July 8, 2013
Last month, Monsanto executive Robert Fraley received the World Food Prize. This highly esteemed prize, considered among many to be the “Nobel Prize” of food, was given to the chief technology officer of the chemical company who is ironically working to diabolically destroy agriculture as we know it. As Anthony Gucciardi puts it, the “blatant act of transgression” isn’t only obvious to those of us in the natural health world, but to scientists, and food and agricultural advocates around the world as well.
In response to the award (and two other highly questionable World Food Prize awards), 81 Councillors of the World Future Council penned a statement blasting the World Food Prize. These dignitaries are described as “a network of global luminaries who ‘form a voice for the rights of future generations’.” The statement also included names of Laureates of the Right Livelihood Award, or the “Alternative Nobel”. In other words, the statement was written by some esteemed and globally recognized folks—people you don’t necessarily want on your bad side.
In their statement, published in its entirety on Huffington Post, the Council says this year’s World Food Prize recipient “betrays the award’s own mandate to emphasize ‘the importance of a nutritious and sustainable food supply for all people’.” They call out Monsanto Exec Fraley and say he and the other two award recipients played crucial parts in the development of genetically modified organisms which threaten the global food system.
“Almost twenty years after commercialization of the first GMO seeds, by far the most widely used are not engineered to enhance nutrient content, but to produce a specific pesticide or to resist a proprietary herbicide, or a combination of these traits. Even in reducing weeds, the technology is failing, for it has led to herbicide-resistant “super weeds” now appearing on nearly half of American farms,” the Huffington Post reports.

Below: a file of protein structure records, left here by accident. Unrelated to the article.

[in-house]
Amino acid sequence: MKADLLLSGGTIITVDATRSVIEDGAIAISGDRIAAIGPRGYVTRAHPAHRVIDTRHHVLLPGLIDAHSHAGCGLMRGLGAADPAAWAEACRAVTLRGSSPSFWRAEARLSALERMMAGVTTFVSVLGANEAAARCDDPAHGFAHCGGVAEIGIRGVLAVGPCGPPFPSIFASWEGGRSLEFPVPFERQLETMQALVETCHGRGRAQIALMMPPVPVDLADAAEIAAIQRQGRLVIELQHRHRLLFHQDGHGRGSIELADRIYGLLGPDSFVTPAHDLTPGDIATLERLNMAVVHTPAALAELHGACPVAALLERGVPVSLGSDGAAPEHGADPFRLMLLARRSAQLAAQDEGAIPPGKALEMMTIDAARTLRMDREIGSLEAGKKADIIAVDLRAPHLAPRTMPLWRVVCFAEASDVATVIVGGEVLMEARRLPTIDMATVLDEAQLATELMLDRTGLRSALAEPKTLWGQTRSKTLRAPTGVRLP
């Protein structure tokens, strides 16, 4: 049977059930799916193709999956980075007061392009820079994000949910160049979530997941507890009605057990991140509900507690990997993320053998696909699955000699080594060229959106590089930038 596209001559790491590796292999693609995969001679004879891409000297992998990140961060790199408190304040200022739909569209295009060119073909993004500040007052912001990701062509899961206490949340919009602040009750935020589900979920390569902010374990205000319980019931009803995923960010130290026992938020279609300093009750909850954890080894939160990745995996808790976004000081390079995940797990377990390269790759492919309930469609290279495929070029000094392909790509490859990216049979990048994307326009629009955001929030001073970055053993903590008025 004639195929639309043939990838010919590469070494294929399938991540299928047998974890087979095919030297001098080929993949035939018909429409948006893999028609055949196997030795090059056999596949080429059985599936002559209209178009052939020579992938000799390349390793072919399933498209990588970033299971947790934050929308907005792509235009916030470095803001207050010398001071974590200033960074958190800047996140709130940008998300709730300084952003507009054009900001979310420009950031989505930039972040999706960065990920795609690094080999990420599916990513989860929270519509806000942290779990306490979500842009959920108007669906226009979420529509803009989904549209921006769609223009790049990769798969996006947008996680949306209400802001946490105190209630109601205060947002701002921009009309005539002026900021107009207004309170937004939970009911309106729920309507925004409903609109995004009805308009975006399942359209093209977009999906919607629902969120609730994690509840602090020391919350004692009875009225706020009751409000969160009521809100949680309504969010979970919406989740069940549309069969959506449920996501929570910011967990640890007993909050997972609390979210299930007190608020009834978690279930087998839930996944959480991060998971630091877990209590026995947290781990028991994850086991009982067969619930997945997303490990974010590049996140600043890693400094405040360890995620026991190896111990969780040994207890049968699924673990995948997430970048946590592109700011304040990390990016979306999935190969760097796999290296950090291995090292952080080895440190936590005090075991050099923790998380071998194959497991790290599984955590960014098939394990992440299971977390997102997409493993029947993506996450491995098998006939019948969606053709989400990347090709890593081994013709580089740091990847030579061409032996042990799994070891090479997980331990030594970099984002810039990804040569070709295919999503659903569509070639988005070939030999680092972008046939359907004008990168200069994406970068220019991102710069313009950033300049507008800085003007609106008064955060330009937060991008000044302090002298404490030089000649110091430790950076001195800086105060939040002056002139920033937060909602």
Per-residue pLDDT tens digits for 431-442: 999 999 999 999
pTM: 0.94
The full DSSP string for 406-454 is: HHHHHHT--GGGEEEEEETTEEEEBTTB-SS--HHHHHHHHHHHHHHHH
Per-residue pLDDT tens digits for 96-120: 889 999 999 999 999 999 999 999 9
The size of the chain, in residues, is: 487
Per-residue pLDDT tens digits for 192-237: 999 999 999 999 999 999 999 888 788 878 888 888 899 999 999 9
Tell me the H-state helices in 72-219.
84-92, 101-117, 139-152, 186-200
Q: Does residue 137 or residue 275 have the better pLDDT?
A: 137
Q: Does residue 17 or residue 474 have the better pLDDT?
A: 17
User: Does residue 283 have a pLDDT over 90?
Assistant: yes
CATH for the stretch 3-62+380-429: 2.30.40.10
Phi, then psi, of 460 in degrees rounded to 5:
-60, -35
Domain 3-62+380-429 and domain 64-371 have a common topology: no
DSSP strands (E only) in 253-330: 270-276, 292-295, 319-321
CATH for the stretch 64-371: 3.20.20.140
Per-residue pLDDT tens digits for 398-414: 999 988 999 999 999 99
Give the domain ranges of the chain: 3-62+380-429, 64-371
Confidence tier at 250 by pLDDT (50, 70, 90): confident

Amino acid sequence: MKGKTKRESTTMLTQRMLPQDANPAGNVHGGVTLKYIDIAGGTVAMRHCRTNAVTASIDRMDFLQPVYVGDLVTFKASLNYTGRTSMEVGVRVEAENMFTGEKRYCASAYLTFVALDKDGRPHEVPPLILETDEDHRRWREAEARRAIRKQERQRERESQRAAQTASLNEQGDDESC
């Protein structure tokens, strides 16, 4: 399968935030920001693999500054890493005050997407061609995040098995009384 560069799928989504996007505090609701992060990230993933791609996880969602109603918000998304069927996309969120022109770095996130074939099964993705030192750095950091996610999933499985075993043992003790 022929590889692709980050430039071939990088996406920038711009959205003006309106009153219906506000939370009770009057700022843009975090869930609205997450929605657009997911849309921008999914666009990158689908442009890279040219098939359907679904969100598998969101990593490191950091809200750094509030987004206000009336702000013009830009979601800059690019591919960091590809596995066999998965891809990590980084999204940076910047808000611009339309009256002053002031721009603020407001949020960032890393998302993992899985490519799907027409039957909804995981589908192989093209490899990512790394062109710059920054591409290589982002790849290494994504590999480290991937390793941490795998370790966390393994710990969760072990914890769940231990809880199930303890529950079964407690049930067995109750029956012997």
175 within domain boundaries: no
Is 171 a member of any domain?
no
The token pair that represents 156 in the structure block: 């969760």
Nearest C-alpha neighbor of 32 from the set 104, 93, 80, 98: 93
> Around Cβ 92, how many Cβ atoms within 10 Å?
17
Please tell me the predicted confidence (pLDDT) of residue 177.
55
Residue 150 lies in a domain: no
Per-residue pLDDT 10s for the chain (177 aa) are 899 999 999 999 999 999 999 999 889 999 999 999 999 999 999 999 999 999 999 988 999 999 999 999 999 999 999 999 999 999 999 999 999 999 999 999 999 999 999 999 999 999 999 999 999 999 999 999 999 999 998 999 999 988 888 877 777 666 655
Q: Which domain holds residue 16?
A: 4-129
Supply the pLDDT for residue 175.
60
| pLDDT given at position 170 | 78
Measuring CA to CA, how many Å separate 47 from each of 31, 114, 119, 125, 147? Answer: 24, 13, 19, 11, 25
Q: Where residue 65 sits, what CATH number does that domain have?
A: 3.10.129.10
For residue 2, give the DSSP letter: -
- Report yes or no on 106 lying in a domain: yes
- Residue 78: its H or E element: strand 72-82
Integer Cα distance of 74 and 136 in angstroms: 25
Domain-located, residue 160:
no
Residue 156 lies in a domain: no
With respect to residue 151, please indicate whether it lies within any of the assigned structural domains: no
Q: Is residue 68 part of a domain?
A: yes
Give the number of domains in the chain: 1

The statement goes on to blast GMOs for perpetuating an unhealthy dependence on fossil fuels and minerals as well as water waste. They point out that although the award is designed to commend those behind nutritious and sustainable food practices, Monsanto’s GMOs actually do the opposite, taxing the environment far more than organically grown crops.
The claims by Monsanto and others who support GMOs are that these franken-seeds can help solve world hunger. But, as the Council points out, these seeds are largely used to produce crops for livestock feed, processed foods, and fuel, not to feed the hungry.
In addition, they write that the practices by these companies in getting farmers to subscribe to their devastating philosophy is making it even more difficult for such farmers to make a living. In India, for example, 270,000 farmers committed suicide between 1995 and 2012 to get out from under debt accumulated by purchasing these high-dollar seeds and chemicals.
In closing, they write:
The choice of the 2013 World Food Prize is an affront to the growing international consensus on safe, ecological farming practices that have been scientifically proven to promote nutrition and sustainability. Many governments have rejected GMOs, and as many as two million citizens in 52 countries recently marched in opposition to GMOs and Monsanto. In living democracies, discounting this knowledge and these many voices is not acceptable.